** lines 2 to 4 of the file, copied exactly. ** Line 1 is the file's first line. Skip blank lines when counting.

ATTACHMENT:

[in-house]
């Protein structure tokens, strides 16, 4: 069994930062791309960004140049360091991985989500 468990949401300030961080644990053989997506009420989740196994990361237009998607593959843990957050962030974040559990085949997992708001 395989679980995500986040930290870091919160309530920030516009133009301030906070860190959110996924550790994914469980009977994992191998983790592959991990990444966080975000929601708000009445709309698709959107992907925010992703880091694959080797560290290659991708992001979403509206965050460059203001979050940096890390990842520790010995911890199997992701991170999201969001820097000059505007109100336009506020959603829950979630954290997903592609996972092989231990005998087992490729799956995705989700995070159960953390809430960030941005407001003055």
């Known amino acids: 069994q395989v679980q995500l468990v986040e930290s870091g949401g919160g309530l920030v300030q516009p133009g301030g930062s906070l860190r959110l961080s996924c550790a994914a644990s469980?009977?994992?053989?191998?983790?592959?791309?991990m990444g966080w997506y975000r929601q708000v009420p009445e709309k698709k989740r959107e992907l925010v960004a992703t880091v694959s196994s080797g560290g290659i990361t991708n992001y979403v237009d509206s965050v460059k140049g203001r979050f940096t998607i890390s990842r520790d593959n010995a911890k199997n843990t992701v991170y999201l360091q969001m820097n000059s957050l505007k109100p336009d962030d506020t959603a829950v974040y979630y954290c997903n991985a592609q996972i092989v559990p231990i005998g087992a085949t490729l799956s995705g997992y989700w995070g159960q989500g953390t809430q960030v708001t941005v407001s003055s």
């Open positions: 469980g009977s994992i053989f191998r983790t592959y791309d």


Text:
């Protein structure tokens, strides 16, 4: 069994930062791309960004140049360091991985989500 468990949401300030961080644990053989997506009420989740196994990361237009998607593959843990957050962030974040559990085949997992708001 395989679980995500986040930290870091919160309530920030516009133009301030906070860190959110996924550790994914469980009977994992191998983790592959991990990444966080975000929601708000009445709309698709959107992907925010992703880091694959080797560290290659991708992001979403509206965050460059203001979050940096890390990842520790010995911890199997992701991170999201969001820097000059505007109100336009506020959603829950979630954290997903592609996972092989231990005998087992490729799956995705989700995070159960953390809430960030941005407001003055």
């Known amino acids: 069994q395989v679980q995500l468990v986040e930290s870091g949401g919160g309530l920030v300030q516009p133009g301030g930062s906070l860190r959110l961080s996924c550790a994914a644990s469980?009977?994992?053989?191998?983790?592959?791309?991990m990444g966080w997506y975000r929601q708000v009420p009445e709309k698709k989740r959107e992907l925010v960004a992703t880091v694959s196994s080797g560290g290659i990361t991708n992001y979403v237009d509206s965050v460059k140049g203001r979050f940096t998607i890390s990842r520790d593959n010995a911890k199997n843990t992701v991170y999201l360091q969001m820097n000059s957050l505007k109100p336009d962030d506020t959603a829950v974040y979630y954290c997903n991985a592609q996972i092989v559990p231990i005998g087992a085949t490729l799956s995705g997992y989700w995070g159960q989500g953390t809430q960030v708001t941005v407001s003055s």
């Open positions: 469980g009977s994992i053989f191998r983790t592959y791309d």